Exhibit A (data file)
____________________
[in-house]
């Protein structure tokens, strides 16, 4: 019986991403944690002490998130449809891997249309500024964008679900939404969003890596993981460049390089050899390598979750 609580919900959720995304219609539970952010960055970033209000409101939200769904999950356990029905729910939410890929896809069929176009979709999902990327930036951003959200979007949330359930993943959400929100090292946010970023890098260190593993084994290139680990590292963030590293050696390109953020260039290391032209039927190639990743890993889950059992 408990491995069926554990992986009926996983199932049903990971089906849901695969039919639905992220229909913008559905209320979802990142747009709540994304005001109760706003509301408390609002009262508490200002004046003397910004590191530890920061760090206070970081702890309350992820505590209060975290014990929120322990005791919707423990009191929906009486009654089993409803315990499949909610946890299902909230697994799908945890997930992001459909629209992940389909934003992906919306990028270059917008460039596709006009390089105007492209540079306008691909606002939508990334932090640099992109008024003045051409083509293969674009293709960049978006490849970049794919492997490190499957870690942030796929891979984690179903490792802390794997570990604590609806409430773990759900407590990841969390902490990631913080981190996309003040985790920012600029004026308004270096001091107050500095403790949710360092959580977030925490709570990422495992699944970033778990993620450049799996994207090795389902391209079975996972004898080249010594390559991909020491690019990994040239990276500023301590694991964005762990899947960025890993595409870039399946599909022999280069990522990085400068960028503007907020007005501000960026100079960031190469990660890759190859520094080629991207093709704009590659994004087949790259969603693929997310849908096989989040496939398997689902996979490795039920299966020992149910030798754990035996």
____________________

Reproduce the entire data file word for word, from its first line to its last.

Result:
[in-house]
């Protein structure tokens, strides 16, 4: 019986991403944690002490998130449809891997249309500024964008679900939404969003890596993981460049390089050899390598979750 609580919900959720995304219609539970952010960055970033209000409101939200769904999950356990029905729910939410890929896809069929176009979709999902990327930036951003959200979007949330359930993943959400929100090292946010970023890098260190593993084994290139680990590292963030590293050696390109953020260039290391032209039927190639990743890993889950059992 408990491995069926554990992986009926996983199932049903990971089906849901695969039919639905992220229909913008559905209320979802990142747009709540994304005001109760706003509301408390609002009262508490200002004046003397910004590191530890920061760090206070970081702890309350992820505590209060975290014990929120322990005791919707423990009191929906009486009654089993409803315990499949909610946890299902909230697994799908945890997930992001459909629209992940389909934003992906919306990028270059917008460039596709006009390089105007492209540079306008691909606002939508990334932090640099992109008024003045051409083509293969674009293709960049978006490849970049794919492997490190499957870690942030796929891979984690179903490792802390794997570990604590609806409430773990759900407590990841969390902490990631913080981190996309003040985790920012600029004026308004270096001091107050500095403790949710360092959580977030925490709570990422495992699944970033778990993620450049799996994207090795389902391209079975996972004898080249010594390559991909020491690019990994040239990276500023301590694991964005762990899947960025890993595409870039399946599909022999280069990522990085400068960028503007907020007005501000960026100079960031190469990660890759190859520094080629991207093709704009590659994004087949790259969603693929997310849908096989989040496939398997689902996979490795039920299966020992149910030798754990035996």